The US Congress has passed into law a controversial bill that allows family members of 9/11 victims to sue Saudi Arabia for its alleged backing of the attackers.
Both the Senate and House voted overwhelmingly on Wednesday in favour of the Justice Against Sponsors of Terrorism Act, or JASTA, despite warnings from Obama and top Pentagon officials that the move could put American troops and interests at risk.
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“The White House and the executive branch [are] far more interested in diplomatic considerations,” said Senator Chuck Schumer, a sponsor of the bill. “We’re more interested in the families and in justice.”
The vote was a blow to Obama and to Saudi Arabia – one of the US’ oldest allies in the Arab world.
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Obama, who vetoed the measure last week, said in a letter to Senate leaders on Tuesday that other countries could use JASTA to justify similar immunity exceptions to target US policies and activities that they oppose.
“If any of these litigants were to win judgments – based on foreign domestic laws as applied by foreign courts – they would begin to look to the assets of the US government held abroad to satisfy those judgments, with potentially serious financial consequences for the United States,” Obama said at the time.
Obama’s veto was overturned in Wednesday’s congressional vote.
Fifteen of the 19 men who carried out the 2001 attacks were Saudi nationals. Families of the victims spent years lobbying politicians for the right to sue the kingdom in US courts for any role elements of Saudi Arabia’s government may have played.
Saudi Arabia has long denied any involvement in the attacks that killed nearly 3,000 people. Riyadh strongly objected to the bill.
Al Jazeera requested comment from the Saudi embassy in Washington but did not receive a response by the time of publication.
Speaking after the Senate vote, Obama said he believed Congress’ override of his veto was a “mistake” and “basically a political vote”.
“It’s a dangerous precedent, and it’s an example of why sometimes you have to do what’s hard,” he told a townhall forum of military veterans.
White House spokesman Josh Earnest called the move “the single most embarrassing thing the United States Senate has done possibly since 1983” and “an abdication of their basic responsibilities as elected representatives of the American people”.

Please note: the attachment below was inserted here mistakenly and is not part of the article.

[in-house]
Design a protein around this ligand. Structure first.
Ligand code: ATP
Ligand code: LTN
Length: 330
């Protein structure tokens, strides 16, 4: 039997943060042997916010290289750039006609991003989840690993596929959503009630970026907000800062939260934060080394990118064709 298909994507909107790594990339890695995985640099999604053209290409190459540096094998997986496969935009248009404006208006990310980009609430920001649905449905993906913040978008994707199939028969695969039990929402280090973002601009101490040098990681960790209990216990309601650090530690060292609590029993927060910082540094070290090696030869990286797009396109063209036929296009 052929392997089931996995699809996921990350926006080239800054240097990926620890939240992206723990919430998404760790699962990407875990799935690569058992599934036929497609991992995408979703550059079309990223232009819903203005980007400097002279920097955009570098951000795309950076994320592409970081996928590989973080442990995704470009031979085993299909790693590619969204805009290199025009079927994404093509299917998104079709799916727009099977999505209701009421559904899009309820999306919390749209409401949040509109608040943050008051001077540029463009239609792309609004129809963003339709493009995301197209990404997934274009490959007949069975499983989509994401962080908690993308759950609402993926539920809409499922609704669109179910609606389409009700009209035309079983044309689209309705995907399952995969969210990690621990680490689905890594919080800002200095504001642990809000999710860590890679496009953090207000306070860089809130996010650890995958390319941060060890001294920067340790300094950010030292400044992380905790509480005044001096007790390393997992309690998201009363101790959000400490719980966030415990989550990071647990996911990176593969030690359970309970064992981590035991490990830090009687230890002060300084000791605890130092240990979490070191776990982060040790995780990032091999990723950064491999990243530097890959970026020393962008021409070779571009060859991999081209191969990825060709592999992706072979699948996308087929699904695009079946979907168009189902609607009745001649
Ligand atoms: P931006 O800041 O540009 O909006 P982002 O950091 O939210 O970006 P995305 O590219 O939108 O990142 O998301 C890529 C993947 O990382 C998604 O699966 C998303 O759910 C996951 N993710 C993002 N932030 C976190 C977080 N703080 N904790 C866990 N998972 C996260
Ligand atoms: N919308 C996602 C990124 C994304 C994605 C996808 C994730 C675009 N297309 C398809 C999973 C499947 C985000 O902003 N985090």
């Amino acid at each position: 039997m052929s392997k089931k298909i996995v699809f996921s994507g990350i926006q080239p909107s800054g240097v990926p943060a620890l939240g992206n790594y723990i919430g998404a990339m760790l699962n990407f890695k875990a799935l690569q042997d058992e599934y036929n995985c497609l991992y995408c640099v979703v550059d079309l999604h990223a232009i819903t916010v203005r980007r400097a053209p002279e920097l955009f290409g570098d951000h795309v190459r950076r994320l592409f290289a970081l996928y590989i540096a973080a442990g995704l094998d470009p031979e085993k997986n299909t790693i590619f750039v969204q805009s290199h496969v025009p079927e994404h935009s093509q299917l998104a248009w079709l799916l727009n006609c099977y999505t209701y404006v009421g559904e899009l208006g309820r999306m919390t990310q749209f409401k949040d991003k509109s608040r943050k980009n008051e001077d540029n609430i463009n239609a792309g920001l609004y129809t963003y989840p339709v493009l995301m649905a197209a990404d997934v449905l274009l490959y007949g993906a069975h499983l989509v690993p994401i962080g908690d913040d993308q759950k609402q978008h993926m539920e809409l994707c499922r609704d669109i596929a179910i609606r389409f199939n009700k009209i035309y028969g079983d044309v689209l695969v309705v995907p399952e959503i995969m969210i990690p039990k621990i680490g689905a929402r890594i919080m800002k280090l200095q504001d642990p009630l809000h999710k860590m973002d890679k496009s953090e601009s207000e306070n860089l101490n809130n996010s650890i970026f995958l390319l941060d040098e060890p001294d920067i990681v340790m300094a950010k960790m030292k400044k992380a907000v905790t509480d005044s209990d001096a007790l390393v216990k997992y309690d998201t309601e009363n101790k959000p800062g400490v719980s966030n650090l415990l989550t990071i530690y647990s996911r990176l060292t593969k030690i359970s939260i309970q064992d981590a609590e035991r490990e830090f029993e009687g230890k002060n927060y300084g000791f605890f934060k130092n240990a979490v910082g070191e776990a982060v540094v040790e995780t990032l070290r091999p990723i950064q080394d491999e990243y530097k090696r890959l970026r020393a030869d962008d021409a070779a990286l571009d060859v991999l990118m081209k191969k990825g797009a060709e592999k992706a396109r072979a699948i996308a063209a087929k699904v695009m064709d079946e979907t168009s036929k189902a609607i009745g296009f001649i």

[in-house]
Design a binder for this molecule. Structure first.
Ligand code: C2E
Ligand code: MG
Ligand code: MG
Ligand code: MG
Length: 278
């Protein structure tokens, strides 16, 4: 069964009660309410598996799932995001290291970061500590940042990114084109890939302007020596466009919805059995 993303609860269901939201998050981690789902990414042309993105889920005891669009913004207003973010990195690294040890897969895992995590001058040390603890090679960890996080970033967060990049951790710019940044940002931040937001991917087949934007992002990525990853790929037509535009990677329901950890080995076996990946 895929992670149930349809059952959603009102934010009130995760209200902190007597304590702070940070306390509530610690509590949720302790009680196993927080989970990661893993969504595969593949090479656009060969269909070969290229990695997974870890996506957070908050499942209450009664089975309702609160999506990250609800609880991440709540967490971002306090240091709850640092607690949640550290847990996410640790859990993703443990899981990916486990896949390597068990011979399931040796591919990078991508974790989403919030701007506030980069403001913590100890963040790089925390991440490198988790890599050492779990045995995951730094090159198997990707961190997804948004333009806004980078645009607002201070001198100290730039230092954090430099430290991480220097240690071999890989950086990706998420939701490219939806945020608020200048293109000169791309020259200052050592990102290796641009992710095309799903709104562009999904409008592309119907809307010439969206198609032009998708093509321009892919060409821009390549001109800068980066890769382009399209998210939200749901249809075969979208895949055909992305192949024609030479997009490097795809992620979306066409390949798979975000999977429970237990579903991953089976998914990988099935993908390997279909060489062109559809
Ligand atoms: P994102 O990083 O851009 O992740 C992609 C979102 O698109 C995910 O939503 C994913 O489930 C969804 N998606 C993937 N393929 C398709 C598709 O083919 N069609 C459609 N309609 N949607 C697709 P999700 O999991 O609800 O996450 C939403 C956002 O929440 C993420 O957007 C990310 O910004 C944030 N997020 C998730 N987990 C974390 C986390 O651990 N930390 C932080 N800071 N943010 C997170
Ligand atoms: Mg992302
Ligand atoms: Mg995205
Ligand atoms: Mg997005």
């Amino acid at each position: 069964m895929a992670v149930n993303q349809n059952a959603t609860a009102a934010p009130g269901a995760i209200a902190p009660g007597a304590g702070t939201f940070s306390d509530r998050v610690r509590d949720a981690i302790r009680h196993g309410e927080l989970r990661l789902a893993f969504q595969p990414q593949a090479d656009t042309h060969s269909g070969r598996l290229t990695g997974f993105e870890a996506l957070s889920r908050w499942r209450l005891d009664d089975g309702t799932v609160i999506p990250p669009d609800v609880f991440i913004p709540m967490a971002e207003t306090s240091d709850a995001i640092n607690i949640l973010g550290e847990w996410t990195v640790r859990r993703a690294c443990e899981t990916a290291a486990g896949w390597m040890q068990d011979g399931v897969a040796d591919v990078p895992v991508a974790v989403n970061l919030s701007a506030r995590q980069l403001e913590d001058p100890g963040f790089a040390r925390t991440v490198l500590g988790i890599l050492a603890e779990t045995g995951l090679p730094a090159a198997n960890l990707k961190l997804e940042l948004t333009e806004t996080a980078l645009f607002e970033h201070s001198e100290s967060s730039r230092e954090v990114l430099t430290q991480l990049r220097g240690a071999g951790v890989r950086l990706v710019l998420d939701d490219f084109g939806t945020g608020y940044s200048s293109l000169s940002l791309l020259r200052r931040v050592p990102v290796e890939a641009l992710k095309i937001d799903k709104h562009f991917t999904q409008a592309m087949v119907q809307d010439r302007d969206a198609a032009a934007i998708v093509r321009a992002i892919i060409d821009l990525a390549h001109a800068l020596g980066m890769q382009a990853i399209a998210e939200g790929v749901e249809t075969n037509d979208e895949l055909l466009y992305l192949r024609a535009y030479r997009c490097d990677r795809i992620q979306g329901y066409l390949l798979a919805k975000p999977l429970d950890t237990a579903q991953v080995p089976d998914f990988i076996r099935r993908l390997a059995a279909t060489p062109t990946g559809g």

Stephen Kinzer, a senior fellow at the Watson Institute for International and Public Affairs at Brown University, said the eight-decade-long US-Saudi relationship was “entering into a new phase”.
Other analysts warned that Saudi Arabia could, in response to the law, pull billions of dollars from the US economy and persuade close allies in the Gulf Cooperation Council to scale back counterterrorism cooperation, investment, and US access to important regional military bases.
“This should be clear to America and to the rest of the world: When one GCC state is targeted unfairly, the others stand around it,” said Abdulkhaleq Abdullah, an Emirati Gulf specialist and professor of political science at United Arab Emirates University.
“All the states will stand by Saudi Arabia in every way possible.”
Chas Freeman, former US assistant secretary of defence and ambassador to Saudi Arabia during Operation Desert Storm, said the Saudis could respond to the law in ways that risk US strategic interests, such as permissive rules for overflight between Europe and Asia, and the Qatari airbase from which US military operations in Afghanistan, Iraq, and Syria are directed and supported.
“The souring of relations and curtailing of official contacts that this legislation would inevitably produce could also jeopardise Saudi cooperation against anti-American terrorism,” he said.
Saudi Foreign Minister Adel al-Jubeir told reporters in June that the US had the most to lose if JASTA was enacted.
Joseph Gagnon, a senior fellow at the Peterson Institute for International Economics, said estimates put the figure of official Saudi assets in the US at between $500bn and $1 trillion, when considering potential foreign bank deposits and offshore accounts.